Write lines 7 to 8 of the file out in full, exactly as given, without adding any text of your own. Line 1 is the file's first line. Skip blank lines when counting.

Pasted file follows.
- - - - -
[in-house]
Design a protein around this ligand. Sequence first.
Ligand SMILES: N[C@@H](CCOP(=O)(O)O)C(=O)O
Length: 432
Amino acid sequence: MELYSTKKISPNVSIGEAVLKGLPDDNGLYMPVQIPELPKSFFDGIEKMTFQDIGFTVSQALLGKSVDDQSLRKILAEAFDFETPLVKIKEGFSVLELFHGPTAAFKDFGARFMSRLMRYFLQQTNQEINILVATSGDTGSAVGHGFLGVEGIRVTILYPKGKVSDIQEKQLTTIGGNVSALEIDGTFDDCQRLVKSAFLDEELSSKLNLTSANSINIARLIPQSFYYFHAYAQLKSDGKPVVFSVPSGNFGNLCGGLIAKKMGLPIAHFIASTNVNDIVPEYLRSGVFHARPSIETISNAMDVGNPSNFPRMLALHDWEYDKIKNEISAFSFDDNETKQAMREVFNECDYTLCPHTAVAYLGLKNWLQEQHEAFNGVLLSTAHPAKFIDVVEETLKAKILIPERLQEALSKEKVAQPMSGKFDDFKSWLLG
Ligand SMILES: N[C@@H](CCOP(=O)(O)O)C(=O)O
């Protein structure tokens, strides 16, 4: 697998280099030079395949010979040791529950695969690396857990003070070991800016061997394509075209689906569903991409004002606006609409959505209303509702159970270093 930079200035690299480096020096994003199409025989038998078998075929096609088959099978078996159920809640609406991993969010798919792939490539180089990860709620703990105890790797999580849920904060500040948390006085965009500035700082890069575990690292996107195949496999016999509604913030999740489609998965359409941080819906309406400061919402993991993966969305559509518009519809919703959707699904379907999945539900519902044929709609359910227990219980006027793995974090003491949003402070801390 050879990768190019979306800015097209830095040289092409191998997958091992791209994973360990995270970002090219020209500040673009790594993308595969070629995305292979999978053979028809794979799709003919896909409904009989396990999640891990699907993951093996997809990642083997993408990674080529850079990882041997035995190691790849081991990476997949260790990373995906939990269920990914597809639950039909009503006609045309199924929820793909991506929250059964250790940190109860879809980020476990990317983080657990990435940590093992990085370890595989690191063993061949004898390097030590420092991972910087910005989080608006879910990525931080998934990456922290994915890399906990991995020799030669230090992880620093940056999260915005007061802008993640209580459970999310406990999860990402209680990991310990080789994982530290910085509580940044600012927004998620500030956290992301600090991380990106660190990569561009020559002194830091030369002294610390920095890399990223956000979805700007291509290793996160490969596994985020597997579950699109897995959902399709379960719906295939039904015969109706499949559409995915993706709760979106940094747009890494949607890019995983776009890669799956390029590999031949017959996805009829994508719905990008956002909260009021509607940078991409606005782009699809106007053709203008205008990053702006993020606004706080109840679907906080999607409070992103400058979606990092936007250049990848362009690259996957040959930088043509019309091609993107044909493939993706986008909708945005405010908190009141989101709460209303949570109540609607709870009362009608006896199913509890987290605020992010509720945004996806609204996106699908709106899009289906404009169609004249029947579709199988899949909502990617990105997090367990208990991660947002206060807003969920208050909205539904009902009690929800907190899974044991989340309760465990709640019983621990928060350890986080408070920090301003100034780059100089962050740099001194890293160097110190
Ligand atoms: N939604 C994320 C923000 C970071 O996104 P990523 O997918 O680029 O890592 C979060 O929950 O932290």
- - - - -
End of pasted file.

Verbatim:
């Protein structure tokens, strides 16, 4: 697998280099030079395949010979040791529950695969690396857990003070070991800016061997394509075209689906569903991409004002606006609409959505209303509702159970270093 930079200035690299480096020096994003199409025989038998078998075929096609088959099978078996159920809640609406991993969010798919792939490539180089990860709620703990105890790797999580849920904060500040948390006085965009500035700082890069575990690292996107195949496999016999509604913030999740489609998965359409941080819906309406400061919402993991993966969305559509518009519809919703959707699904379907999945539900519902044929709609359910227990219980006027793995974090003491949003402070801390 050879990768190019979306800015097209830095040289092409191998997958091992791209994973360990995270970002090219020209500040673009790594993308595969070629995305292979999978053979028809794979799709003919896909409904009989396990999640891990699907993951093996997809990642083997993408990674080529850079990882041997035995190691790849081991990476997949260790990373995906939990269920990914597809639950039909009503006609045309199924929820793909991506929250059964250790940190109860879809980020476990990317983080657990990435940590093992990085370890595989690191063993061949004898390097030590420092991972910087910005989080608006879910990525931080998934990456922290994915890399906990991995020799030669230090992880620093940056999260915005007061802008993640209580459970999310406990999860990402209680990991310990080789994982530290910085509580940044600012927004998620500030956290992301600090991380990106660190990569561009020559002194830091030369002294610390920095890399990223956000979805700007291509290793996160490969596994985020597997579950699109897995959902399709379960719906295939039904015969109706499949559409995915993706709760979106940094747009890494949607890019995983776009890669799956390029590999031949017959996805009829994508719905990008956002909260009021509607940078991409606005782009699809106007053709203008205008990053702006993020606004706080109840679907906080999607409070992103400058979606990092936007250049990848362009690259996957040959930088043509019309091609993107044909493939993706986008909708945005405010908190009141989101709460209303949570109540609607709870009362009608006896199913509890987290605020992010509720945004996806609204996106699908709106899009289906404009169609004249029947579709199988899949909502990617990105997090367990208990991660947002206060807003969920208050909205539904009902009690929800907190899974044991989340309760465990709640019983621990928060350890986080408070920090301003100034780059100089962050740099001194890293160097110190
Ligand atoms: N939604 C994320 C923000 C970071 O996104 P990523 O997918 O680029 O890592 C979060 O929950 O932290």